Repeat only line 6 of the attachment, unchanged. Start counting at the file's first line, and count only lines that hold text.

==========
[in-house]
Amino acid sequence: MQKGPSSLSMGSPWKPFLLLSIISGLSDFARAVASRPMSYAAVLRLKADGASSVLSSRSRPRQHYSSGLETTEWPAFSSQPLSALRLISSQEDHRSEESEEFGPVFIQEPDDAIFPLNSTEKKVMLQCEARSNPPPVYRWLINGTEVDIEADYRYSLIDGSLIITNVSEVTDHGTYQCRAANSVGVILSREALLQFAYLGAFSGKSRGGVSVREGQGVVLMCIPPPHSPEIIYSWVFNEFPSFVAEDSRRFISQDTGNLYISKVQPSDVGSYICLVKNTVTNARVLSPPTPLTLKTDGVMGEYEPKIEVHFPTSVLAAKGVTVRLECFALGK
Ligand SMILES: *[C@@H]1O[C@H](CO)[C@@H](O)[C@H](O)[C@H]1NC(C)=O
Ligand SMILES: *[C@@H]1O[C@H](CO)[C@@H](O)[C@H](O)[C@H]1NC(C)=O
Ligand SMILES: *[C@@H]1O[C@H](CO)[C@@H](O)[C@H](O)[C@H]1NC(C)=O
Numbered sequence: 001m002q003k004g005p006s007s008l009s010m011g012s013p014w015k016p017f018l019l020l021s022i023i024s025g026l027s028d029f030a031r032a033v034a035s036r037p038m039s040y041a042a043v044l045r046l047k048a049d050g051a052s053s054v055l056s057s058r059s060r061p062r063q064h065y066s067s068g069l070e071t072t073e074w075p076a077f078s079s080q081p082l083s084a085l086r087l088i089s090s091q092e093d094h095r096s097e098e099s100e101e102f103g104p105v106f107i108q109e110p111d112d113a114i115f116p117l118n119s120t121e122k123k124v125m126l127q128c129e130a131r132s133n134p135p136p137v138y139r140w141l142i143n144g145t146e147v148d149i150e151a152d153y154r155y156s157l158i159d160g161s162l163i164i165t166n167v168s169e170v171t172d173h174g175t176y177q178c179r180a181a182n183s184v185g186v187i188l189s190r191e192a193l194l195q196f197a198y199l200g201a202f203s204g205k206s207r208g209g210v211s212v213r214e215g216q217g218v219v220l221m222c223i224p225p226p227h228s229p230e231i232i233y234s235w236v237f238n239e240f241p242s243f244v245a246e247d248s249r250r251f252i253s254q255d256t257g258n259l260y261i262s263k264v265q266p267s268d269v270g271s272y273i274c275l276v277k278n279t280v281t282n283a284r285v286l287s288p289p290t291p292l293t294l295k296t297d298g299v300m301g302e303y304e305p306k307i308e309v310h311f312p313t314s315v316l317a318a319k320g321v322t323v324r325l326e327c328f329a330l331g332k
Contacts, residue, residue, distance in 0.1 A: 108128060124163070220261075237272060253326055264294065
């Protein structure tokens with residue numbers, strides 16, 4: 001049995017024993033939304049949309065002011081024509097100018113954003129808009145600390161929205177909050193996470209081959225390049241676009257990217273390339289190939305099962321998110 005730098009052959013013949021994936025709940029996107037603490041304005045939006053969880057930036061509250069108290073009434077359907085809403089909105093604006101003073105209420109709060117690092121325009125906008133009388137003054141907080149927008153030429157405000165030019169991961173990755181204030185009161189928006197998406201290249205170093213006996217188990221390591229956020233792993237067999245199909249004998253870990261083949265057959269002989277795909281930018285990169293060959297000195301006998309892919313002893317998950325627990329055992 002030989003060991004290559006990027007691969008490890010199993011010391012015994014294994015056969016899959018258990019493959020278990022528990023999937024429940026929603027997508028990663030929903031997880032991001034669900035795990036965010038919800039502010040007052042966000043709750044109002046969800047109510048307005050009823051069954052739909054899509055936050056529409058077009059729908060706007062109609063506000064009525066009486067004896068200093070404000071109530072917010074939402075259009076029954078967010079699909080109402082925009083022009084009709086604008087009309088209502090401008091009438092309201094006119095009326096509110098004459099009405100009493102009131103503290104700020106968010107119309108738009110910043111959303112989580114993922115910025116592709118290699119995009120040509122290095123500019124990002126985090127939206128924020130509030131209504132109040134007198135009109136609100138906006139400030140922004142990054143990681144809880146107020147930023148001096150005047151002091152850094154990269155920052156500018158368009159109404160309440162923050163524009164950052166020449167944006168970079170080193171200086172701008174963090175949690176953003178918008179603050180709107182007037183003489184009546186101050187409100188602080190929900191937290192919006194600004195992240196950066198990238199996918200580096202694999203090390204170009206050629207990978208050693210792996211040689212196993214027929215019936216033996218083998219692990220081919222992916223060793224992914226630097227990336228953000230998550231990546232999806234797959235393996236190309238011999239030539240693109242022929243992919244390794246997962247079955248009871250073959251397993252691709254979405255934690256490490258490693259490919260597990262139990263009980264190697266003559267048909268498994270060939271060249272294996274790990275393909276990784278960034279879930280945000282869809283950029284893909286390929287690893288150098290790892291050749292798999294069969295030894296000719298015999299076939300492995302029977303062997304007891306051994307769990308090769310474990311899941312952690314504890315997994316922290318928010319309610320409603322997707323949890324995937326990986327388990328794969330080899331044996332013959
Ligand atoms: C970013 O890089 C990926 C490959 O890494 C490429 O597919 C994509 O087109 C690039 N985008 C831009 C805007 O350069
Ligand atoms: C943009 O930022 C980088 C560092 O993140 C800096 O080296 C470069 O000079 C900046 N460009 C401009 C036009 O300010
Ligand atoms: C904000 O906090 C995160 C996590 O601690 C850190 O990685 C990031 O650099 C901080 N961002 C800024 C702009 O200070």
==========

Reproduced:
Numbered sequence: 001m002q003k004g005p006s007s008l009s010m011g012s013p014w015k016p017f018l019l020l021s022i023i024s025g026l027s028d029f030a031r032a033v034a035s036r037p038m039s040y041a042a043v044l045r046l047k048a049d050g051a052s053s054v055l056s057s058r059s060r061p062r063q064h065y066s067s068g069l070e071t072t073e074w075p076a077f078s079s080q081p082l083s084a085l086r087l088i089s090s091q092e093d094h095r096s097e098e099s100e101e102f103g104p105v106f107i108q109e110p111d112d113a114i115f116p117l118n119s120t121e122k123k124v125m126l127q128c129e130a131r132s133n134p135p136p137v138y139r140w141l142i143n144g145t146e147v148d149i150e151a152d153y154r155y156s157l158i159d160g161s162l163i164i165t166n167v168s169e170v171t172d173h174g175t176y177q178c179r180a181a182n183s184v185g186v187i188l189s190r191e192a193l194l195q196f197a198y199l200g201a202f203s204g205k206s207r208g209g210v211s212v213r214e215g216q217g218v219v220l221m222c223i224p225p226p227h228s229p230e231i232i233y234s235w236v237f238n239e240f241p242s243f244v245a246e247d248s249r250r251f252i253s254q255d256t257g258n259l260y261i262s263k264v265q266p267s268d269v270g271s272y273i274c275l276v277k278n279t280v281t282n283a284r285v286l287s288p289p290t291p292l293t294l295k296t297d298g299v300m301g302e303y304e305p306k307i308e309v310h311f312p313t314s315v316l317a318a319k320g321v322t323v324r325l326e327c328f329a330l331g332k